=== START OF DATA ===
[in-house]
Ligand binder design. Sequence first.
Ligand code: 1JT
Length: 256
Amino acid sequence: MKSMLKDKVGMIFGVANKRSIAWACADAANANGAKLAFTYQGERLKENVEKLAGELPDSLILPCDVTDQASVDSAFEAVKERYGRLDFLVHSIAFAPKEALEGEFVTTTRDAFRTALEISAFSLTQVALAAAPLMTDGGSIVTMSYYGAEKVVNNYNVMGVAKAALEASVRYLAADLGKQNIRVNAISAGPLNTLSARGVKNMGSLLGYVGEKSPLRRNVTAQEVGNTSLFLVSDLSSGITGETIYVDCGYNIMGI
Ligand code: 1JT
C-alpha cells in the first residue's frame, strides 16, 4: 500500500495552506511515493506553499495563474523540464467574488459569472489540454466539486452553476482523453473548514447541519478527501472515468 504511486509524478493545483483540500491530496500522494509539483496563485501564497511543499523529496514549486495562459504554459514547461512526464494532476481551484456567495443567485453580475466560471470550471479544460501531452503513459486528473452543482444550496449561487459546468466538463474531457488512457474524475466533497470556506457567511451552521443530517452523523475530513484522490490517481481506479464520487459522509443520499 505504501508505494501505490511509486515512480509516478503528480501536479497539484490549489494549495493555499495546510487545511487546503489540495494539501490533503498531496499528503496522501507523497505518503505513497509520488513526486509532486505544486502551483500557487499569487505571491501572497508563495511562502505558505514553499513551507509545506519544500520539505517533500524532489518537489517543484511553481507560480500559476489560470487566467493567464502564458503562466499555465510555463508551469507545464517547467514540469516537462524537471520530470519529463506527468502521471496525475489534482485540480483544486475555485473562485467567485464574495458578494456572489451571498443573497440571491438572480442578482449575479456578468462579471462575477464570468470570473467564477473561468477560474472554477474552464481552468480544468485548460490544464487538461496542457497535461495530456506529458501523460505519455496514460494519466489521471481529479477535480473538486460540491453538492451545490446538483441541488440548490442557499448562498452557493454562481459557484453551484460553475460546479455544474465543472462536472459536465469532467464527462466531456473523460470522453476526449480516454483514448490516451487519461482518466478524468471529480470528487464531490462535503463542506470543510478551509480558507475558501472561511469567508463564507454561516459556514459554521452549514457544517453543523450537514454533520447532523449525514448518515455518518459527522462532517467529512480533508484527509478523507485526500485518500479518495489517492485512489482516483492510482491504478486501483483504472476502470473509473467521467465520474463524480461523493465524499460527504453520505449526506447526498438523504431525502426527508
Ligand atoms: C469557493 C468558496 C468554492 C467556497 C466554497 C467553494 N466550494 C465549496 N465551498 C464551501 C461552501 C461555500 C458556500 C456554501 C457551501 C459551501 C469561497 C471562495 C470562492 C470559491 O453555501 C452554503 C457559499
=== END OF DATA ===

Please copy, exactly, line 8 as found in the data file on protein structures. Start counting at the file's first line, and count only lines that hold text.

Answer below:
Ligand atoms: C469557493 C468558496 C468554492 C467556497 C466554497 C467553494 N466550494 C465549496 N465551498 C464551501 C461552501 C461555500 C458556500 C456554501 C457551501 C459551501 C469561497 C471562495 C470562492 C470559491 O453555501 C452554503 C457559499